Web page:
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Spinal nerve sheath tumours

Spinal nerve sheath tumours are the most common intradural extramedullary mass.

They include, in order of decreasing frequency:

Most nerve sheath tumours arise from the dorsal sensory roots. Seventy percent are intradural/extramedullary in location, 15% are purely extradural and a further 15% have both intradural and extradural components (“dumbbell” lesions). Less than 1% are intramedullary 2.

This article is an overview of spinal nerve sheath tumours. For a discussion on the epidemiology, clinical presentation, pathology and treatment/prognosis of spinal schwannomas and neurofibromas, please refer to spinal schwannoma and spinal neurofibroma.

Associations

35-45% of patients with nerve root tumours have neurofibromatosis 2. Multiple lesions are common in these patients. Neurofibromas are associated with NF1, whereas schwannomas are associated with NF2.

Radiographic features

Schwannomas and neurofibrommas are often indistinguishable radiographically.

Plain film
  • bony changes can be common on plain film and can include
    • enlarged neural foraminaen
    • pedicle erosion
CT (non-contrast)
  • density varies from hypodense to to slightly hyperdense
  • widened neural exit foramina
  • bone erosion
  • vertebral body scalloping
  • paraspinous soft tissue mass: (“dumbbell” and extradural lesions)
  • calcification and haemorrhage are rare
MRI

Schwannomas are frequently associated with haemorrhage, intrinsic vascular changes (thrombosis; sinusoidal dilatation), cyst formation and fatty degeneration. These findings are rare in neurofibromas 4.

Neurofibromas tend to encase the nerve roots, in contrast to schwannomas which commonly displace the nerve root due to their asymmetric growth.  

Schwannomas are usually round, whereas neurofibromas are more commonly fusiform.

Signal characteristics include:

  • T1: 75% are isointense, 25% are hypointense 2
  • T2: > 95% are hyperintense 2
    • schwannomas may have mixed signal intensity on T2
    • a hyperintense rim and central area of low signal resulting in a target sign, may be seen in neurofibromas and occasionally also in schwannomas; this is thought to be due to a dense central area of collagenous stroma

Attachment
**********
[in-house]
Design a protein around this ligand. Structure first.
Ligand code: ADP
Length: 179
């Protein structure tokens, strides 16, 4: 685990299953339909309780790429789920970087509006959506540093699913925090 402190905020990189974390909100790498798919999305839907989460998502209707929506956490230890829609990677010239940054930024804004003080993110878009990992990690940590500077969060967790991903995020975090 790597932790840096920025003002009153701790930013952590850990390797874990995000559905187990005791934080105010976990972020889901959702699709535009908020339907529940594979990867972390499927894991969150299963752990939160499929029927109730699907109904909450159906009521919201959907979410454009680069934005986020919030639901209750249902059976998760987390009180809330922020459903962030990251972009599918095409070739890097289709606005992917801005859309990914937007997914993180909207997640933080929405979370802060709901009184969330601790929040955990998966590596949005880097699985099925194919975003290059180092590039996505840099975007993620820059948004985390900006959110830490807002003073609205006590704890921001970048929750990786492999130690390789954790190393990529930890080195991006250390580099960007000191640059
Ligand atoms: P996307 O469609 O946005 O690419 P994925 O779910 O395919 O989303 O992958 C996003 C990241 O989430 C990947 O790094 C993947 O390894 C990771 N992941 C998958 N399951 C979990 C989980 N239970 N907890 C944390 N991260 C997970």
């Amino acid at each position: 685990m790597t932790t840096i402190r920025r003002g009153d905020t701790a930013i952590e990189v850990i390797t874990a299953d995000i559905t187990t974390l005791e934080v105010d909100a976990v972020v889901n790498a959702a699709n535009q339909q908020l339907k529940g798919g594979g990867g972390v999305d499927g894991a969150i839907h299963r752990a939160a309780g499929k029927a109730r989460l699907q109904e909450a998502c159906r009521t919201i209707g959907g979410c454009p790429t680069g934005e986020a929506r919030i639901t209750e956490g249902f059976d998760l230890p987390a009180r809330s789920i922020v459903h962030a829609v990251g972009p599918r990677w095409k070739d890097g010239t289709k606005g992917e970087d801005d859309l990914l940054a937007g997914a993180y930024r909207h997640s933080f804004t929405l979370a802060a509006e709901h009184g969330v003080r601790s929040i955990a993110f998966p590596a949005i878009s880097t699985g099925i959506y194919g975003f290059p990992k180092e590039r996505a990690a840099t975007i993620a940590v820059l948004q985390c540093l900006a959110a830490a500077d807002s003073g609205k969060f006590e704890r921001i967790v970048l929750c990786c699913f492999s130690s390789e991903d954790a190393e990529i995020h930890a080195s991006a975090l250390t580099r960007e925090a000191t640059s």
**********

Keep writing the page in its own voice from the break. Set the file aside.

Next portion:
• T1 C+ (Gd)
    • virtually 100% enhance
    • heterogenous enhancement with areas of low signal is more characteristic of a neurofibroma

Differential diagnosis

  • meningioma
    • broad dural base
    • dural tail sign
    • usually located posterolaterally (compared to nerve sheath tumours which are typically located anteriorly)
    • neural exit foraminal widening is less commonly seen with meningiomas than with nerve sheath tumours
  • paraganglioma
    • usually seen as a well-circumscribed mass inferior to the conus
    • flow voids are typically seen along the surface of and within the tumour nodule
    • haemorrhage is common, leading to a "cap sign" on T2 weighted images
    • the characteristic “salt-and-pepper” appearance of neck and skull base paragangliomas may be seen
  • myxopapillary ependymoma
    • occur almost exclusively in the conus medullaris and filum terminale
    • haemorrhage is common
  • intradural extramedullary metastases
    • an important differential for multiple neurofibromas
    • cord oedema may be seen with more extensive disease, especially if there is an intramedullary component
    • sugar coating” of the spinal cord and nerve roots may be seen
  • perineural root sleeve cyst
    • CSF density on CT; CSF intensity on T1 and T2 weighted images
    • no contrast enhancement
  • epidermoid or dermoid
    • epidermoid
      • similar intensity to CSF on T1 and T2 weighted images
      • typically non-enhancing, however a thin rim of contrast enhancement may be seen
      • diffusion restriction on DWI
    • dermoid
      • presence of fat is suggestive
      • usually present in younger patients (<20 years)
      • associated dermal sinus may be present
  • intradural disc herniation
    • no enhancement

See also

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